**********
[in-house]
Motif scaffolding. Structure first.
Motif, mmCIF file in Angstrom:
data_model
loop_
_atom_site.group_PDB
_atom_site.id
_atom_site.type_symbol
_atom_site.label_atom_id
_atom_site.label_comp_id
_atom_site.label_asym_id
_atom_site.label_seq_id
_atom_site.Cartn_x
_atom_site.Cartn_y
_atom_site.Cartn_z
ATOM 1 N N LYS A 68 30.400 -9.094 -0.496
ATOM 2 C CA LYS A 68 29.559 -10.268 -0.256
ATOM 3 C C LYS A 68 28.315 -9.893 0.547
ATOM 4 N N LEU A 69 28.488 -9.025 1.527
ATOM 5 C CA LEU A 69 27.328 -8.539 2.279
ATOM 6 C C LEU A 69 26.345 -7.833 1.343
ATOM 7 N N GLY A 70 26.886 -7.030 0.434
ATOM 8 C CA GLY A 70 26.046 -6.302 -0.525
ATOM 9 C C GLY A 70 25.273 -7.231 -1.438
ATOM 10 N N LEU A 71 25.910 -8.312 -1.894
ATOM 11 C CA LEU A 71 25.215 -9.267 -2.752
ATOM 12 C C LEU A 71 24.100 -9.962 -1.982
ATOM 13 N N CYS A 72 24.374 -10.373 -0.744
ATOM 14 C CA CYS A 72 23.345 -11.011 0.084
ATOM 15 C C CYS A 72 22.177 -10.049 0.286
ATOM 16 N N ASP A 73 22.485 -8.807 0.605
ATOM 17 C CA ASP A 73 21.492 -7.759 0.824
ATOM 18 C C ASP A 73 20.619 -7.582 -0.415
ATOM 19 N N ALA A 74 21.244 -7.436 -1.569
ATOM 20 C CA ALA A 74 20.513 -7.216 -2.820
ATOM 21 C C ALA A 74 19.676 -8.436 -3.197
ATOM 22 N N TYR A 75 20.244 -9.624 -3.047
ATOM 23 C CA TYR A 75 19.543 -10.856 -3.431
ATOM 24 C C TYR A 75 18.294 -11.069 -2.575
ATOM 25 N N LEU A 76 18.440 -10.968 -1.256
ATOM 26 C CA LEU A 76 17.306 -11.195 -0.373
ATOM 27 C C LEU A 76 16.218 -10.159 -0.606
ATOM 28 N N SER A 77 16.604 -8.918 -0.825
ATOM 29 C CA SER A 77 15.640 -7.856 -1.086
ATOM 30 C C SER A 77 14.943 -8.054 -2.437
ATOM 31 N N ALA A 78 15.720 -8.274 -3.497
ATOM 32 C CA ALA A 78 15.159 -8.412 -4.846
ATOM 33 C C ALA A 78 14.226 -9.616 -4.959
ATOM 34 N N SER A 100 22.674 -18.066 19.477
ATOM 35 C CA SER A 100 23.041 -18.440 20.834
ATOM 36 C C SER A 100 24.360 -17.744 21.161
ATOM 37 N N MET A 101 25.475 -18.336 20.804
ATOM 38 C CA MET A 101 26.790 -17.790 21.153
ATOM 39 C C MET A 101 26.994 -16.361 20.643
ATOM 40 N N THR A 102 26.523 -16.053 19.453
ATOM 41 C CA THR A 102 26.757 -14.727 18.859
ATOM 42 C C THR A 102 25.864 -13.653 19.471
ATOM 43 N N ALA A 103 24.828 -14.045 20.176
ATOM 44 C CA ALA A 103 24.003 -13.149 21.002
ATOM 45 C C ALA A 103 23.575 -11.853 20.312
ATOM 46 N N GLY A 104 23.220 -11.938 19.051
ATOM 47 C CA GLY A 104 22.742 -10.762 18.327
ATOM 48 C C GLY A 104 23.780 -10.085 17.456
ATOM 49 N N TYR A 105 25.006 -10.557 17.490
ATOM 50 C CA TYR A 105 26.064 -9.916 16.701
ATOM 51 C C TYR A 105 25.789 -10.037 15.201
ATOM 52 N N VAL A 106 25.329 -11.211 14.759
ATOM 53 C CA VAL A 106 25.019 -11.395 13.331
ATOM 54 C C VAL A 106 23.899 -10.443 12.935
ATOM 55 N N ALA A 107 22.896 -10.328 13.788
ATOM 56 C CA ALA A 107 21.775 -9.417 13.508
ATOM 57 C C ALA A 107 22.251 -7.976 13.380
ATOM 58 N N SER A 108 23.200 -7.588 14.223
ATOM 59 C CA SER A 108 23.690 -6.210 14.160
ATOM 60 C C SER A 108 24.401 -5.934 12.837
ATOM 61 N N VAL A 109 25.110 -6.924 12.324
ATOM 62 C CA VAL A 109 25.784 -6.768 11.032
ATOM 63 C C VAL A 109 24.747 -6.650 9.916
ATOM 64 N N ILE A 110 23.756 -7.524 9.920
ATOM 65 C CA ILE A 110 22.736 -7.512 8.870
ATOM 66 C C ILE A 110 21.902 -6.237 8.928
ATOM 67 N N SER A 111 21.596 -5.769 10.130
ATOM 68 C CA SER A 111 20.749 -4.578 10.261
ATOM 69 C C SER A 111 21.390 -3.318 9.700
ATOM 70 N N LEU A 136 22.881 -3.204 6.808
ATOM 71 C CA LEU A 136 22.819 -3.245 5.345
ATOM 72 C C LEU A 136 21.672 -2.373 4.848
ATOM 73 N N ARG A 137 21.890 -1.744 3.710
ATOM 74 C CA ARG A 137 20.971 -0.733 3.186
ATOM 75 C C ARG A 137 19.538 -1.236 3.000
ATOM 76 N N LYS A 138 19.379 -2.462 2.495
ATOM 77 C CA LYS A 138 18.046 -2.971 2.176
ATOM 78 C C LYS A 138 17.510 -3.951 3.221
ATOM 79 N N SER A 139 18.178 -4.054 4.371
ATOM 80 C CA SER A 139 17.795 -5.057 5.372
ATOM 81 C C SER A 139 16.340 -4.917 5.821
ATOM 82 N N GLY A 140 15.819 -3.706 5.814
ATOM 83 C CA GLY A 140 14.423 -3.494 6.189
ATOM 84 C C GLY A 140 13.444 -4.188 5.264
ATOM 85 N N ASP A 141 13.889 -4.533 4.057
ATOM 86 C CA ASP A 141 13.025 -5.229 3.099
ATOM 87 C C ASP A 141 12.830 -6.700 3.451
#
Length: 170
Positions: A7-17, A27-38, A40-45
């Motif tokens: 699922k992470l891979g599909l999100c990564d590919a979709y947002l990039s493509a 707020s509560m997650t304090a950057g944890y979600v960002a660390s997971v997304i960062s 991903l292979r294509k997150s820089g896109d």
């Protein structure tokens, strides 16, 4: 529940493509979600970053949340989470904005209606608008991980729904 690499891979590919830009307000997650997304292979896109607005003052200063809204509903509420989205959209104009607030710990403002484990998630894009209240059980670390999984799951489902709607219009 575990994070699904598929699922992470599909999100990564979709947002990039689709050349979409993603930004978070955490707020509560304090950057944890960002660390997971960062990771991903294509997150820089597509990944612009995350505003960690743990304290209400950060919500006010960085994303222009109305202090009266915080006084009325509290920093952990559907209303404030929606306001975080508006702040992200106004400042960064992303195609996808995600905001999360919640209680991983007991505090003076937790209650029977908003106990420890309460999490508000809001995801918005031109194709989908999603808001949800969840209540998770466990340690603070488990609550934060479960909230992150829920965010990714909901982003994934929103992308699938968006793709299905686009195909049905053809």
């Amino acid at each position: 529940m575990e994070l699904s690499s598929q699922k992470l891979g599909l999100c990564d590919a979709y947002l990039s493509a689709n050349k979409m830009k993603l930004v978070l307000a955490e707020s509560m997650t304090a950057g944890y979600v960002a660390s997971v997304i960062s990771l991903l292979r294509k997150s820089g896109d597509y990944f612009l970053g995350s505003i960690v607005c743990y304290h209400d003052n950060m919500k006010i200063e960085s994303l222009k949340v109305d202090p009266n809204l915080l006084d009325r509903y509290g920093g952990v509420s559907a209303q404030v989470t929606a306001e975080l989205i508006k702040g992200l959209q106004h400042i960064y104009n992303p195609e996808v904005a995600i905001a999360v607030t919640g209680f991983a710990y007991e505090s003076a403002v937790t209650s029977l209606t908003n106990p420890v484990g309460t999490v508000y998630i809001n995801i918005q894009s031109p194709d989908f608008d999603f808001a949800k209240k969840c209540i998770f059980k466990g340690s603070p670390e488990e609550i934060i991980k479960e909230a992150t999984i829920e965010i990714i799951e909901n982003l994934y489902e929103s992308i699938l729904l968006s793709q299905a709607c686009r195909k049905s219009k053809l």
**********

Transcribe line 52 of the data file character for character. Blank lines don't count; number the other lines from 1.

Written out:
ATOM 37 N N MET A 101 25.475 -18.336 20.804